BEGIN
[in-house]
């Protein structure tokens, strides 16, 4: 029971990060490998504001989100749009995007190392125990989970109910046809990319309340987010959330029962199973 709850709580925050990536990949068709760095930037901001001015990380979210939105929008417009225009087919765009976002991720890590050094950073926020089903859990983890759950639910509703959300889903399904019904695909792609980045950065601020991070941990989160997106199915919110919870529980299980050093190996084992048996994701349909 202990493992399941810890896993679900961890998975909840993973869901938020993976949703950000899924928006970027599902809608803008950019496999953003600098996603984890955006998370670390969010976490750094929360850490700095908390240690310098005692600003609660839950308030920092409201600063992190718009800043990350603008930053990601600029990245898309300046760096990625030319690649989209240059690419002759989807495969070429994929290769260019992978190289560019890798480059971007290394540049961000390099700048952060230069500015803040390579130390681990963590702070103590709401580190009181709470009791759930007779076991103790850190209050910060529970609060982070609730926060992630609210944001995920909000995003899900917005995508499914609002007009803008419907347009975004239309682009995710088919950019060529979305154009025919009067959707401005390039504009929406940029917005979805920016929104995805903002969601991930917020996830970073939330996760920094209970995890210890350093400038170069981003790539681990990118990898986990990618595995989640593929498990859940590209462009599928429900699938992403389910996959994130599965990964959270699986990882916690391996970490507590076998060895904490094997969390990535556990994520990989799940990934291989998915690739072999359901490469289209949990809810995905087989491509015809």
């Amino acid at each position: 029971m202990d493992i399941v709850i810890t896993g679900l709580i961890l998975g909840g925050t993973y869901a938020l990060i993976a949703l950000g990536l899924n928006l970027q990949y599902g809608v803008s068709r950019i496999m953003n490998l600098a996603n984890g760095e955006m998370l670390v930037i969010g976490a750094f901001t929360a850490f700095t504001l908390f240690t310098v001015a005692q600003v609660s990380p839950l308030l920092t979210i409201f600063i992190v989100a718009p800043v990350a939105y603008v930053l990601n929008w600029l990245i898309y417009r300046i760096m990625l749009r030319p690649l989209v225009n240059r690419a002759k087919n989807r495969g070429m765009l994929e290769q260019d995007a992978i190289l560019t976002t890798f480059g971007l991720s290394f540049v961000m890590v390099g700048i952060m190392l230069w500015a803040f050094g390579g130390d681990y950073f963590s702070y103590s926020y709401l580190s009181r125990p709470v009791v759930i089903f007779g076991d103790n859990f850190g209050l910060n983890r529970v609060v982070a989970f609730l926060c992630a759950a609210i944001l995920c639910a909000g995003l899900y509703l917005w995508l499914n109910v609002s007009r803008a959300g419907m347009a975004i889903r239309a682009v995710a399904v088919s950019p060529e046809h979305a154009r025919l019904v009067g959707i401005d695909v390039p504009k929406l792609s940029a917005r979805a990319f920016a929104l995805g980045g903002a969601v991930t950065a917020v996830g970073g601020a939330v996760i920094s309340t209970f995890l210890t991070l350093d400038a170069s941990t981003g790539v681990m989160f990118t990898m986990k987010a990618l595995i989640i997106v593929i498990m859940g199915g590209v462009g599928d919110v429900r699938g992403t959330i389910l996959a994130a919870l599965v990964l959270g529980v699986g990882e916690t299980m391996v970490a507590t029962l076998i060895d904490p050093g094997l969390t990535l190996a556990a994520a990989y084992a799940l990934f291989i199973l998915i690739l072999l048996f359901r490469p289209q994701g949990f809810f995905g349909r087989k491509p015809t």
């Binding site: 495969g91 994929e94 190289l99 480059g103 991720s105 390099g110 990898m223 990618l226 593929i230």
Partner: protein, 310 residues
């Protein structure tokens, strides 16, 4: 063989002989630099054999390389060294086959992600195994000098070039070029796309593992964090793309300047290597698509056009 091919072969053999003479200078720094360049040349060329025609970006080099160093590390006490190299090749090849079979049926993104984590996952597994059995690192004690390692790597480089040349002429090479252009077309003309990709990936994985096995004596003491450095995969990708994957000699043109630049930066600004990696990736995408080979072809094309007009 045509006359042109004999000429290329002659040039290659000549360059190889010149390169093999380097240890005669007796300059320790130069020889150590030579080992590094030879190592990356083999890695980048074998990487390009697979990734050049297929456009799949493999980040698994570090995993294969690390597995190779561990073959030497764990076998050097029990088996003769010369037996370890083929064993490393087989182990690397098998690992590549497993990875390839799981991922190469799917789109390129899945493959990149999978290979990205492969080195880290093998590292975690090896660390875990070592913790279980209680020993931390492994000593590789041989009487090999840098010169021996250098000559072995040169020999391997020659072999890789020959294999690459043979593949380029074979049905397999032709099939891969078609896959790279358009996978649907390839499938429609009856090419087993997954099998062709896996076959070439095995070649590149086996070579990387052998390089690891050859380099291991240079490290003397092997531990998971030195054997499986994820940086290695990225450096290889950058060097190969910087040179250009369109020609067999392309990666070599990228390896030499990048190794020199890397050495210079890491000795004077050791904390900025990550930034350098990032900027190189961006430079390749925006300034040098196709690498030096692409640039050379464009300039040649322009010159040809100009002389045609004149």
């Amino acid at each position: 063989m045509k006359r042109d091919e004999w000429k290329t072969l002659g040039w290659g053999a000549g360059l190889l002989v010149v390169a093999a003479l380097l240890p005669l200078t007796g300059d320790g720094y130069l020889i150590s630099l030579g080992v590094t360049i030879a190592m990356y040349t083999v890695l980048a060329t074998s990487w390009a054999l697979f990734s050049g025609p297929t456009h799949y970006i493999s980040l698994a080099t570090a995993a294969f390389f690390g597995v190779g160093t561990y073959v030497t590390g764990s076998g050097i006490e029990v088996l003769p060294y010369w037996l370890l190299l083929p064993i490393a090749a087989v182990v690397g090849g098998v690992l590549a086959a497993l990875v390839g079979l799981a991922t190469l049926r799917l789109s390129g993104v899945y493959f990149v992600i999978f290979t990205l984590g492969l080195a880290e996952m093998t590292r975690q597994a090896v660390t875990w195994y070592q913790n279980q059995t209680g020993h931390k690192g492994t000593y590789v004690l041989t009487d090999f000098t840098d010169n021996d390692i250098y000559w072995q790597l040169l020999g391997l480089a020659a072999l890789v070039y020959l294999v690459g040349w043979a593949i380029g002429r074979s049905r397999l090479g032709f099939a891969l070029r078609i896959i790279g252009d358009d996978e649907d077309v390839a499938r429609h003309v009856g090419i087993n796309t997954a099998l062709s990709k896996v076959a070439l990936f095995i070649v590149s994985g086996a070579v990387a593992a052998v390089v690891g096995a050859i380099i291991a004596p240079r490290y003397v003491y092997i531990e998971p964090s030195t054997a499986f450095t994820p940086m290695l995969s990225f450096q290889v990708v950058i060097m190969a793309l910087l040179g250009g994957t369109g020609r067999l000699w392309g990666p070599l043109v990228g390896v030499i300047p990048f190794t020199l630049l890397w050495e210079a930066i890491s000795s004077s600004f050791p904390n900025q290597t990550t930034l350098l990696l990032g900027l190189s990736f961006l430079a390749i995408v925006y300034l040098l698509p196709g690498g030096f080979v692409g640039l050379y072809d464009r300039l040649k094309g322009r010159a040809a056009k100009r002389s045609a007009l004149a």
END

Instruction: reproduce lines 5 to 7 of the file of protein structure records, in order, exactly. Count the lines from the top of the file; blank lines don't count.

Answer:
Partner: protein, 310 residues
């Protein structure tokens, strides 16, 4: 063989002989630099054999390389060294086959992600195994000098070039070029796309593992964090793309300047290597698509056009 091919072969053999003479200078720094360049040349060329025609970006080099160093590390006490190299090749090849079979049926993104984590996952597994059995690192004690390692790597480089040349002429090479252009077309003309990709990936994985096995004596003491450095995969990708994957000699043109630049930066600004990696990736995408080979072809094309007009 045509006359042109004999000429290329002659040039290659000549360059190889010149390169093999380097240890005669007796300059320790130069020889150590030579080992590094030879190592990356083999890695980048074998990487390009697979990734050049297929456009799949493999980040698994570090995993294969690390597995190779561990073959030497764990076998050097029990088996003769010369037996370890083929064993490393087989182990690397098998690992590549497993990875390839799981991922190469799917789109390129899945493959990149999978290979990205492969080195880290093998590292975690090896660390875990070592913790279980209680020993931390492994000593590789041989009487090999840098010169021996250098000559072995040169020999391997020659072999890789020959294999690459043979593949380029074979049905397999032709099939891969078609896959790279358009996978649907390839499938429609009856090419087993997954099998062709896996076959070439095995070649590149086996070579990387052998390089690891050859380099291991240079490290003397092997531990998971030195054997499986994820940086290695990225450096290889950058060097190969910087040179250009369109020609067999392309990666070599990228390896030499990048190794020199890397050495210079890491000795004077050791904390900025990550930034350098990032900027190189961006430079390749925006300034040098196709690498030096692409640039050379464009300039040649322009010159040809100009002389045609004149």
């Amino acid at each position: 063989m045509k006359r042109d091919e004999w000429k290329t072969l002659g040039w290659g053999a000549g360059l190889l002989v010149v390169a093999a003479l380097l240890p005669l200078t007796g300059d320790g720094y130069l020889i150590s630099l030579g080992v590094t360049i030879a190592m990356y040349t083999v890695l980048a060329t074998s990487w390009a054999l697979f990734s050049g025609p297929t456009h799949y970006i493999s980040l698994a080099t570090a995993a294969f390389f690390g597995v190779g160093t561990y073959v030497t590390g764990s076998g050097i006490e029990v088996l003769p060294y010369w037996l370890l190299l083929p064993i490393a090749a087989v182990v690397g090849g098998v690992l590549a086959a497993l990875v390839g079979l799981a991922t190469l049926r799917l789109s390129g993104v899945y493959f990149v992600i999978f290979t990205l984590g492969l080195a880290e996952m093998t590292r975690q597994a090896v660390t875990w195994y070592q913790n279980q059995t209680g020993h931390k690192g492994t000593y590789v004690l041989t009487d090999f000098t840098d010169n021996d390692i250098y000559w072995q790597l040169l020999g391997l480089a020659a072999l890789v070039y020959l294999v690459g040349w043979a593949i380029g002429r074979s049905r397999l090479g032709f099939a891969l070029r078609i896959i790279g252009d358009d996978e649907d077309v390839a499938r429609h003309v009856g090419i087993n796309t997954a099998l062709s990709k896996v076959a070439l990936f095995i070649v590149s994985g086996a070579v990387a593992a052998v390089v690891g096995a050859i380099i291991a004596p240079r490290y003397v003491y092997i531990e998971p964090s030195t054997a499986f450095t994820p940086m290695l995969s990225f450096q290889v990708v950058i060097m190969a793309l910087l040179g250009g994957t369109g020609r067999l000699w392309g990666p070599l043109v990228g390896v030499i300047p990048f190794t020199l630049l890397w050495e210079a930066i890491s000795s004077s600004f050791p904390n900025q290597t990550t930034l350098l990696l990032g900027l190189s990736f961006l430079a390749i995408v925006y300034l040098l698509p196709g690498g030096f080979v692409g640039l050379y072809d464009r300039l040649k094309g322009r010159a040809a056009k100009r002389s045609a007009l004149a």